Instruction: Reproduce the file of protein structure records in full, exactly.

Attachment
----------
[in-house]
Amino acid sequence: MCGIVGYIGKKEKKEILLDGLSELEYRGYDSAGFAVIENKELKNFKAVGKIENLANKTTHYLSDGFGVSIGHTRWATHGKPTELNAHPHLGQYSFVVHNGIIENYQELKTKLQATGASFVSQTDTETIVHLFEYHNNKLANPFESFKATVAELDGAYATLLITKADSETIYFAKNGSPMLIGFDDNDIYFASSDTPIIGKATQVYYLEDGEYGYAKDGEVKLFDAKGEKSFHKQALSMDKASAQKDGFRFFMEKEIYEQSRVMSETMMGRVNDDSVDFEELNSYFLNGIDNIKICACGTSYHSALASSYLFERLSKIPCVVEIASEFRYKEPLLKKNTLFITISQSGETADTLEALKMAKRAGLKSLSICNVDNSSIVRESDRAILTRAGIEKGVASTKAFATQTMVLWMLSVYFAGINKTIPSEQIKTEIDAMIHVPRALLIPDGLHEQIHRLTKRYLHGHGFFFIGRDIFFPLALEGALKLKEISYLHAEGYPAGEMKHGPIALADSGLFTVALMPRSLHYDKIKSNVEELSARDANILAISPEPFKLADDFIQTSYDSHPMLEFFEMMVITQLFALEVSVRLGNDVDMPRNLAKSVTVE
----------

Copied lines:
[in-house]
Amino acid sequence: MCGIVGYIGKKEKKEILLDGLSELEYRGYDSAGFAVIENKELKNFKAVGKIENLANKTTHYLSDGFGVSIGHTRWATHGKPTELNAHPHLGQYSFVVHNGIIENYQELKTKLQATGASFVSQTDTETIVHLFEYHNNKLANPFESFKATVAELDGAYATLLITKADSETIYFAKNGSPMLIGFDDNDIYFASSDTPIIGKATQVYYLEDGEYGYAKDGEVKLFDAKGEKSFHKQALSMDKASAQKDGFRFFMEKEIYEQSRVMSETMMGRVNDDSVDFEELNSYFLNGIDNIKICACGTSYHSALASSYLFERLSKIPCVVEIASEFRYKEPLLKKNTLFITISQSGETADTLEALKMAKRAGLKSLSICNVDNSSIVRESDRAILTRAGIEKGVASTKAFATQTMVLWMLSVYFAGINKTIPSEQIKTEIDAMIHVPRALLIPDGLHEQIHRLTKRYLHGHGFFFIGRDIFFPLALEGALKLKEISYLHAEGYPAGEMKHGPIALADSGLFTVALMPRSLHYDKIKSNVEELSARDANILAISPEPFKLADDFIQTSYDSHPMLEFFEMMVITQLFALEVSVRLGNDVDMPRNLAKSVTVE